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How to Solve Hidden Meaning Word Puzzles

Updated February 21, 2017

A word puzzle with a hidden meaning usually has words arranged in such a way that when properly deciphered they translate to a common expression or cliché. Here's an example: anKOOLger. That odd-looking word translates into the expression "Look back in anger" because the word "look" is written backwards inside the word "anger."

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Learning to consistently solve hidden meaning word puzzles takes a little practice and patience. It also requires that you be at least somewhat familiar with common expressions. Once you master the new way of thinking about words, hidden word puzzles are a lot of fun.

  1. Identify all the possible words in the word puzzle. Some words will be obvious, while others might be broken apart like the word "Anger" in the example.

  2. Write down the words you find.

  3. Look at the position of the words in relation to each other. Is one over the other? That might mean that the word "on," "above" or "over" is also part of the solution. Add those words to your list.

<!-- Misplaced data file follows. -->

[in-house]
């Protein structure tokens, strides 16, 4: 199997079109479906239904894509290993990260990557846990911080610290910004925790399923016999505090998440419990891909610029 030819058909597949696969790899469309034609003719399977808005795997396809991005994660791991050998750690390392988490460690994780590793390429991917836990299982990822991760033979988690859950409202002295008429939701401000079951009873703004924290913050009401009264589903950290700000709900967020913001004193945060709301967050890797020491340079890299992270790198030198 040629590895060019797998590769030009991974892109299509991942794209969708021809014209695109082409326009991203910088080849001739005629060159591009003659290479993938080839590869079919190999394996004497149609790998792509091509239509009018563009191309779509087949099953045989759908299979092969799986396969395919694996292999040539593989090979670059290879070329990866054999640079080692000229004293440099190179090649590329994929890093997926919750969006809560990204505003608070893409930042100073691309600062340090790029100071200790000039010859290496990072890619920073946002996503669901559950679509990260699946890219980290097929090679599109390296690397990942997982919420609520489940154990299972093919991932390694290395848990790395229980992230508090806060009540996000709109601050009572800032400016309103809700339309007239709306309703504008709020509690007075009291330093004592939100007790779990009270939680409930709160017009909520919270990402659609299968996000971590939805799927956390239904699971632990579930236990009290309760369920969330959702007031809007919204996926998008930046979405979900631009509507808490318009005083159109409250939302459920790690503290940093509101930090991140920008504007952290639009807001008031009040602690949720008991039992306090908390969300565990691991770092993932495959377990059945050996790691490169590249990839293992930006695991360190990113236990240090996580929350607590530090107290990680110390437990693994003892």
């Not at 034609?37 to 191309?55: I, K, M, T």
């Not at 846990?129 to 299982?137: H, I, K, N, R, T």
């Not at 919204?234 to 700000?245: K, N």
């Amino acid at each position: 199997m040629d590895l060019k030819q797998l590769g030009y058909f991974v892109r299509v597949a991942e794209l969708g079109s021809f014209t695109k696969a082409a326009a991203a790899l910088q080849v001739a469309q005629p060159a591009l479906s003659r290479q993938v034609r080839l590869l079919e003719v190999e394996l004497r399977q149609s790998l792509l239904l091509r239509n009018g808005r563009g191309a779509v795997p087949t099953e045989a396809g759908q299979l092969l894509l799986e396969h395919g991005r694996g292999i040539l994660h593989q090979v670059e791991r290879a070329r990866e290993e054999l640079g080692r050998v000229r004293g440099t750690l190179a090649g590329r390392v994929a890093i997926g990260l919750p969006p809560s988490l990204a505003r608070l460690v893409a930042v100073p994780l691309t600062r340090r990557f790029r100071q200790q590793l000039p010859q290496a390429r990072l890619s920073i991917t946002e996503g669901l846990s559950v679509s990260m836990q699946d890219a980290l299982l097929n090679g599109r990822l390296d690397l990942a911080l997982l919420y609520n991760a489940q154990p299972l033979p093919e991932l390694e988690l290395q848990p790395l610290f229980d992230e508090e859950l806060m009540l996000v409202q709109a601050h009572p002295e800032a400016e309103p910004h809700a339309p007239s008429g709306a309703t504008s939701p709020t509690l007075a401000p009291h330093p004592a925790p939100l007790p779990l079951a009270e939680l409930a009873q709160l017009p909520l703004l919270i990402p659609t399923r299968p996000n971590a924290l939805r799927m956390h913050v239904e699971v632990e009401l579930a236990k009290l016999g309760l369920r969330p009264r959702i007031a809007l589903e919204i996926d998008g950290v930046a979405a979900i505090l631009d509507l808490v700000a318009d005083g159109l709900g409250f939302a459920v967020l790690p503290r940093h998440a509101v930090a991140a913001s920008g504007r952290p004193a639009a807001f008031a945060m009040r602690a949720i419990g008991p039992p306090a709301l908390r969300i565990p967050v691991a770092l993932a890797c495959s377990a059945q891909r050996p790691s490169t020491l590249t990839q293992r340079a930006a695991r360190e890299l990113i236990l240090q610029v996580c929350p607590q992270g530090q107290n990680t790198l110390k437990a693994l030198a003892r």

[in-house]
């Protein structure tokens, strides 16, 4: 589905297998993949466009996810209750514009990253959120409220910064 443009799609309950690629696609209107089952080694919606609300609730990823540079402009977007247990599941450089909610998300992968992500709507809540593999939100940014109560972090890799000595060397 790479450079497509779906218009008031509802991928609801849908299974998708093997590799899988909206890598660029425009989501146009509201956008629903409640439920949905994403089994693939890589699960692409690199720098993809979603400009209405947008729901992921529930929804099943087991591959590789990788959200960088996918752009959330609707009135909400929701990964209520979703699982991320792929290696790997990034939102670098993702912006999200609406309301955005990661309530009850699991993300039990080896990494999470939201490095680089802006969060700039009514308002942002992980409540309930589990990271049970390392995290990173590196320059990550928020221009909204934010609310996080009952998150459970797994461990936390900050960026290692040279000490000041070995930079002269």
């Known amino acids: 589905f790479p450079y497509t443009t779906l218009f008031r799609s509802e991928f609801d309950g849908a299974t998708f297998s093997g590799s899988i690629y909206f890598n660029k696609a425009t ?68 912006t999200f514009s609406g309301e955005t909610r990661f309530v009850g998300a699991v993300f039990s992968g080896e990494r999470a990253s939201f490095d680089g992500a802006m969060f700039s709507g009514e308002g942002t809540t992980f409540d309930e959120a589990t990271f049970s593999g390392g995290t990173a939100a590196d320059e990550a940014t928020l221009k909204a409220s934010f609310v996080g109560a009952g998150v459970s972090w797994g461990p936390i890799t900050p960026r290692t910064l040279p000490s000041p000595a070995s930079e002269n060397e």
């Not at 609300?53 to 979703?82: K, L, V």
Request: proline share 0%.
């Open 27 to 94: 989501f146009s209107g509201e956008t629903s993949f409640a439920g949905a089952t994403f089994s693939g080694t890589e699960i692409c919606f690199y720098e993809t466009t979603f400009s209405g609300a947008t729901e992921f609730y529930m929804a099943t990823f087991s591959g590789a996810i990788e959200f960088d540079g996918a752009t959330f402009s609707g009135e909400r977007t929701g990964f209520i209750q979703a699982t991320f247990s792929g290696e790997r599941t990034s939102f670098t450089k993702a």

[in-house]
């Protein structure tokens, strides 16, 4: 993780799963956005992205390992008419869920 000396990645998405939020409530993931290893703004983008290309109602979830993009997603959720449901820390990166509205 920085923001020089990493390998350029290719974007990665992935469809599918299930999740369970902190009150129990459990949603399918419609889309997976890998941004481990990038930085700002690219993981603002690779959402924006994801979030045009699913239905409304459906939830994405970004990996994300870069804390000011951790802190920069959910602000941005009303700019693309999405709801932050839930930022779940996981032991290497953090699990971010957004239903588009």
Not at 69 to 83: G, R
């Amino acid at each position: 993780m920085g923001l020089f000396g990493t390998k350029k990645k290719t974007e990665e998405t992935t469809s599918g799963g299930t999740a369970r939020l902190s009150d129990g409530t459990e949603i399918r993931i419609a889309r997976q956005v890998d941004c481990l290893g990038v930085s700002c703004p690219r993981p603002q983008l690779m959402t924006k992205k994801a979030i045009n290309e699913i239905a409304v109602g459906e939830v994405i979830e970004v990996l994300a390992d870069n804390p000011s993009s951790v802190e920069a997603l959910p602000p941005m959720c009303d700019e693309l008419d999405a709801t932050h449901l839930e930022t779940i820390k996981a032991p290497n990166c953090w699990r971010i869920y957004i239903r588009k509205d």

4. Find any other interesting characteristics in the puzzle. A word written backwards might mean that "back" is in your solution. A word written in a circle might mean "round" is part of the answer. Add those words to your list.

  5. Write down any synonyms or homonyms. The letter C might mean "see," for example.

  6. Play with the words on your list while looking at the puzzle. Put them together in different ways until you hit upon a common expression or cliché. When you do, compare the expression to the puzzle to see if it still makes sense. If it does, then that's likely your answer. If not, keep working.

  7. Check your final solution against the answer. Most hidden meaning word puzzles provide you an answer key somewhere. It's a very satisfying feeling when you solve the puzzle correctly.

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Things You'll Need

  • Paper
  • Pencil

About the Author

Heather Robson has more than 10 years of professional writing experience with articles appearing in publications such as "Portland Magazine" and "Treasure Valley Family Magazine." Her education is in physics and English literature, so she's ready to tackle any topic that comes her way.

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